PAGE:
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Forensic fishing

By | September 26, 2008

How is a kidnapper's text message similar to a jellyfish? Both are tiny points in a sea of data that scientists can use to draw conclusions about a bigger picture -- be it identifying a serial rapist or measuring linkurl:biodiversity,; according to linkurl:Andrew Price,; a marine ecologist who is working with forensic scientists to apply taxonomic techniques to crime assessment. Ecologists routin


Safer iPS cells

By | September 25, 2008

Until now, reprogramming fully differentiated cells into a pluripotent state has had a major drawback: the use of genome-integrating linkurl:retroviruses; to do the job. But a new study published tomorrow in Science reports on the creation of reprogrammed cells without such integrating viruses. "The number one priority for labs working on iPS translation is to alleviate this problem of integration of viruses into the human genome," linkurl:Ali Bri

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Stem cell banks galore

By | September 25, 2008

In the last several years, stem cell banks and registries have begun springing up across the country and internationally. But are all these facilities helping research, or just duplicating efforts? The latest addition to the list of such facilities is the stem cell registry at the University of Massachusetts Medical School, launched earlier this month. That school also has a human embryonic stem cell (HESC) core facility to store and distribute the cell lines. There are plenty of others: the N

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Pfizer embraces stem cells

By | September 24, 2008

Big pharma's interest in linkurl:stem cell research; is picking up speed. Pharmaceutical giant Pfizer is expanding its research into the technology and plans to open a second regenerative medicine unit in Cambridge, UK, this November, Reuters linkurl:reported; yesterday. Pfizer isn't the only one. In July, GlaxoSmithKline entered a linkurl:5-year, $25 million collaboration;ht


Zerhouni resigns as NIH head

By | September 24, 2008

The 15th head of the National Institutes of Health, linkurl:Elias Zerhouni,; will step down from his post, he announced today (Sept 24). In a conference call with reporters today, Zerhouni said that he would be leaving NIH at the end of October as a part of what he called "the natural cycle of tenures for this position." "It's with mixed emotions that I move on," he said. President George W. Bush linkurl:appointed;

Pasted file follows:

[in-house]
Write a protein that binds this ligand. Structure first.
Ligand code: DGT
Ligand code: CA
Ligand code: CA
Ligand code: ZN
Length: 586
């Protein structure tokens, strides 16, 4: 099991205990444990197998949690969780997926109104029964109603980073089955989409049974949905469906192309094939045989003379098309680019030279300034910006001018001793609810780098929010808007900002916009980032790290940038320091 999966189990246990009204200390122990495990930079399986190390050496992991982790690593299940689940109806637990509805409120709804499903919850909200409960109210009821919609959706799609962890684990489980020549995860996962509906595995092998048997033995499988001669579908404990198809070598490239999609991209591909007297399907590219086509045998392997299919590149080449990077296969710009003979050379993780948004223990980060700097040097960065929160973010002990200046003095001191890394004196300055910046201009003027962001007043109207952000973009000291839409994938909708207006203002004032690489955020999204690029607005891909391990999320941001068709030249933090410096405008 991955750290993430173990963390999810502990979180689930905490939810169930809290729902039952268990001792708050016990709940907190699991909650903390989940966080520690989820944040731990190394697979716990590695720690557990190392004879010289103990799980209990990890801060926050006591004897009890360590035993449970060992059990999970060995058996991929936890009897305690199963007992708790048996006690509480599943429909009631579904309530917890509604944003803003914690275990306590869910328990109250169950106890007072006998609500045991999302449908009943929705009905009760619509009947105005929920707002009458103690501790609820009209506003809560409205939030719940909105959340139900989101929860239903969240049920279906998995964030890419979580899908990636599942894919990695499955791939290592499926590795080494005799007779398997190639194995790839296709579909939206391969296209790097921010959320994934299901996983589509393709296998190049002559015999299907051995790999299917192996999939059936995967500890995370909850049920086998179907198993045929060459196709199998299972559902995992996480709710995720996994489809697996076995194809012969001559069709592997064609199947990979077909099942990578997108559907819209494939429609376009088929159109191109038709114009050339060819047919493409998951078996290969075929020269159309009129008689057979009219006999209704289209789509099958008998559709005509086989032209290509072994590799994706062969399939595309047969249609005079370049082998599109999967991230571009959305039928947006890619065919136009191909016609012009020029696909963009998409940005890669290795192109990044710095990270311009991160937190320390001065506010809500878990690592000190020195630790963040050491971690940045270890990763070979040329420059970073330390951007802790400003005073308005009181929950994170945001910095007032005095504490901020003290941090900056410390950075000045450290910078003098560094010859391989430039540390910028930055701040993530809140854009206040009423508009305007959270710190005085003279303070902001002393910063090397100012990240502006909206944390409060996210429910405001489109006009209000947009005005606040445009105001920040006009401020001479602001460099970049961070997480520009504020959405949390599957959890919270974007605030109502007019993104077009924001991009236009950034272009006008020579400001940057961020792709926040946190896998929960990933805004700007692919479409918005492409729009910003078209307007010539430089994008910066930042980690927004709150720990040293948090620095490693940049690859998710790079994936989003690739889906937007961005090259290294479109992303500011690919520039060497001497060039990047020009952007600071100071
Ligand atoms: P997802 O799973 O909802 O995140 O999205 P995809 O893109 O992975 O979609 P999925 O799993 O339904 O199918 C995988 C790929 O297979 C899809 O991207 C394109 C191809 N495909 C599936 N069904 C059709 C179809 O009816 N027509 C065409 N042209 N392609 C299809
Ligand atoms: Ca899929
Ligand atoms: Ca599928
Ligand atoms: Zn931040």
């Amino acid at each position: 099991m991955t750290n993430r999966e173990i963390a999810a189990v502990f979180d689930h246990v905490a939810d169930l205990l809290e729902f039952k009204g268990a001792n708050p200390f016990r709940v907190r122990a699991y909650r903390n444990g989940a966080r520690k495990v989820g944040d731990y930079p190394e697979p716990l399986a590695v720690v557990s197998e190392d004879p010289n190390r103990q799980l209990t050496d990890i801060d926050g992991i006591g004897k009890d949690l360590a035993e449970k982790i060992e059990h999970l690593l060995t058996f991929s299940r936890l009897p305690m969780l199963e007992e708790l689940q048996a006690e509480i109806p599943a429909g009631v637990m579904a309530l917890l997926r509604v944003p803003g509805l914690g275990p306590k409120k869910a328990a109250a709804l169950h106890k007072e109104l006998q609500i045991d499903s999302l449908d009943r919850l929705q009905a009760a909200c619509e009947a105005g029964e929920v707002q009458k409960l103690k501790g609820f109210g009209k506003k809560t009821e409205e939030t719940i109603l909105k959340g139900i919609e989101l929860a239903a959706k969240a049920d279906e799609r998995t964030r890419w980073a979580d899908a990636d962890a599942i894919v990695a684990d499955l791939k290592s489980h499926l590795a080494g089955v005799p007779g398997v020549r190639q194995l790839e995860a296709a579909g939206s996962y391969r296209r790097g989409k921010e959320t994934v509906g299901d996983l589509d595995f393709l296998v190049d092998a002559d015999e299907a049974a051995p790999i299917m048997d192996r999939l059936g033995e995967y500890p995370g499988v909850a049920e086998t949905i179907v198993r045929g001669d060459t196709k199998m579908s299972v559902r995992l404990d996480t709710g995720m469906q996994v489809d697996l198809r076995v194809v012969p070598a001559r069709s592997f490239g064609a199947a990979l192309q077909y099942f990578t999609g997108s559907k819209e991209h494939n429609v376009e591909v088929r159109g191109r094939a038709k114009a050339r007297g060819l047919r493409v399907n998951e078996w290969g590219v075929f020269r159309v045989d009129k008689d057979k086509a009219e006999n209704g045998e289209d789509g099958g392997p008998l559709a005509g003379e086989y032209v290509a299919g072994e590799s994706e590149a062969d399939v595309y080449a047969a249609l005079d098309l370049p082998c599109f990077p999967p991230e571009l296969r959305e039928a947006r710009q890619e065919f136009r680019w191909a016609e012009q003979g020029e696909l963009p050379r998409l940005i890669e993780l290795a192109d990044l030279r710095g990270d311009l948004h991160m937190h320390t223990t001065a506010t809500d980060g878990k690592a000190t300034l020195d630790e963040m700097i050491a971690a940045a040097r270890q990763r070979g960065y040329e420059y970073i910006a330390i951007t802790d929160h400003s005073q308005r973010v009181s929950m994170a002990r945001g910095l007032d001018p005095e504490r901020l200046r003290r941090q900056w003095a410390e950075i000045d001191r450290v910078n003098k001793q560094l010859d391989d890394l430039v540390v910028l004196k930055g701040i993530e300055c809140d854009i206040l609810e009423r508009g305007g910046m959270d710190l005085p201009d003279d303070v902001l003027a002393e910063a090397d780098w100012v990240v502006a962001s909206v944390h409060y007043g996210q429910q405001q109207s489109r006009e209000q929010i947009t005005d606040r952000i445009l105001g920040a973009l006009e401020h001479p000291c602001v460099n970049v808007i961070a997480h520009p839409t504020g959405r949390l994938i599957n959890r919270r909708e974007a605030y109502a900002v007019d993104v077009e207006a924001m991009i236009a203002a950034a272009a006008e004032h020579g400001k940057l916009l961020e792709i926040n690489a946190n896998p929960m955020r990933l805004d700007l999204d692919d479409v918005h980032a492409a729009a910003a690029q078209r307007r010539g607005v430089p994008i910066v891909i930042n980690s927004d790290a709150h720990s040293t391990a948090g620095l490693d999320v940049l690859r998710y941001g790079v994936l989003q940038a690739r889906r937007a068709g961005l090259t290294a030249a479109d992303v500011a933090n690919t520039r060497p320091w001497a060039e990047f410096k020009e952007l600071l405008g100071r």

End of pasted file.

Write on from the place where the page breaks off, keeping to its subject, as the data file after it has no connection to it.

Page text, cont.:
A new twist on nanoparticle behavior

By | September 23, 2008

Researchers hoping to develop linkurl:nanoparticles; as medicines or carriers of therapeutic molecules have much more to worry about than the type of material they plan on miniaturizing, according to a linkurl:study; in this week's issue of the __Proceedings of the National Academy of Science__. Researchers in Ireland found that the corona, or cloud of proteins and other biomolecules that adher


Four biologists win "genius" prize

By | September 23, 2008

The MacArthur Foundation today announced the recipients of its 2008 MacArthur Fellows (a.k.a. Genius Awards): Among the 25 winners, who will receive $500,000 over the next five years, four were life scientists. Here's the line-up: linkurl:Kirsten Bomblies,; a plant evolutionary geneticist at the Max Planck Institute for Developmental Biology, studies genetic incompatibility in Arabidopsis as a model for the development of new plant species in shared


Who's advising McCain on science?

By | September 23, 2008

While Democratic Presidential hopeful linkurl:Barack Obama; unveiled an impressive stable of science policy advisers last week, his opponent linkurl:John McCain; has yet to ante up. As linkurl:__Wired__; reported on Wednesday, the Obama science team includes Nobel laureates linkurl:Harold Varmus;


High risk NIH grants announced

By | September 22, 2008

Forty-seven researchers -- including 31 early career investigators -- will split a pot of $138 million dollars for research recognized by the National Institutes of Health (NIH) as bold and potentially transformative. The NIH Director's Pioneer and New Innovator Awards aim to fund high risk-high reward projects that tend to get passed over during the linkurl:peer-review selection; for NIH R01 grants. "There's a tendency for investment early in


Ancient fingers and toes

By | September 21, 2008

Were animals with four limbs the first to evolve fingers and toes-- or did such digits evolve long before? A linkurl:study published today; (September 21) in Nature claims to resolve this long-standing question. For many years, most paleontologists debated whether digits arose 380 million years ago as a novel evolutionary trait in tetrapods, or four-footed creatures. The new study, led by Catherine Boisvert, at Uppsala Unive

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